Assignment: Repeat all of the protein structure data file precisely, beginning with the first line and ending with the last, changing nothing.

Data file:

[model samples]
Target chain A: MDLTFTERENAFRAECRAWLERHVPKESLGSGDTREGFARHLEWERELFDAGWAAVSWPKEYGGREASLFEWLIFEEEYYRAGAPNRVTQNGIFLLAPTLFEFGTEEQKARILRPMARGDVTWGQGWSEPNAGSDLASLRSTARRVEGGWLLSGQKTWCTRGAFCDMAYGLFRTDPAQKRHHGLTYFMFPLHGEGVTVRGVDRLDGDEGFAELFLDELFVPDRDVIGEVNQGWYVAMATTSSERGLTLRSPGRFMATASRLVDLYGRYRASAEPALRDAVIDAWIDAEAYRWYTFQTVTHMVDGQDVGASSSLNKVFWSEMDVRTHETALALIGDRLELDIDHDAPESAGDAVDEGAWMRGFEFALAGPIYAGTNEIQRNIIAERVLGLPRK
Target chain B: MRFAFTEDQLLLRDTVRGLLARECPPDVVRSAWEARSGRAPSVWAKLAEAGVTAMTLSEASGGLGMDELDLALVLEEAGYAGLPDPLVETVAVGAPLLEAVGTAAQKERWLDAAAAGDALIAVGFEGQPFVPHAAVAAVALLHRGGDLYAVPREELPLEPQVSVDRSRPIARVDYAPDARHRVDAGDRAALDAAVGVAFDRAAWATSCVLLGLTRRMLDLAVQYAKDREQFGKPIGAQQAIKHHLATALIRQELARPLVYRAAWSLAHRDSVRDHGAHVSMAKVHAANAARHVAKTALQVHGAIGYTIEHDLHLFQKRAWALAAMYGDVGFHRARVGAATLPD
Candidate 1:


[model samples]
Target chain A: MDLTFTERENAFRAECRAWLERHVPKESLGSGDTREGFARHLEWERELFDAGWAAVSWPKEYGGREASLFEWLIFEEEYYRAGAPNRVTQNGIFLLAPTLFEFGTEEQKARILRPMARGDVTWGQGWSEPNAGSDLASLRSTARRVEGGWLLSGQKTWCTRGAFCDMAYGLFRTDPAQKRHHGLTYFMFPLHGEGVTVRGVDRLDGDEGFAELFLDELFVPDRDVIGEVNQGWYVAMATTSSERGLTLRSPGRFMATASRLVDLYGRYRASAEPALRDAVIDAWIDAEAYRWYTFQTVTHMVDGQDVGASSSLNKVFWSEMDVRTHETALALIGDRLELDIDHDAPESAGDAVDEGAWMRGFEFALAGPIYAGTNEIQRNIIAERVLGLPRK
Target chain B: MRFAFTEDQLLLRDTVRGLLARECPPDVVRSAWEARSGRAPSVWAKLAEAGVTAMTLSEASGGLGMDELDLALVLEEAGYAGLPDPLVETVAVGAPLLEAVGTAAQKERWLDAAAAGDALIAVGFEGQPFVPHAAVAAVALLHRGGDLYAVPREELPLEPQVSVDRSRPIARVDYAPDARHRVDAGDRAALDAAVGVAFDRAAWATSCVLLGLTRRMLDLAVQYAKDREQFGKPIGAQQAIKHHLATALIRQELARPLVYRAAWSLAHRDSVRDHGAHVSMAKVHAANAARHVAKTALQVHGAIGYTIEHDLHLFQKRAWALAAMYGDVGFHRARVGAATLPD
Candidate 1: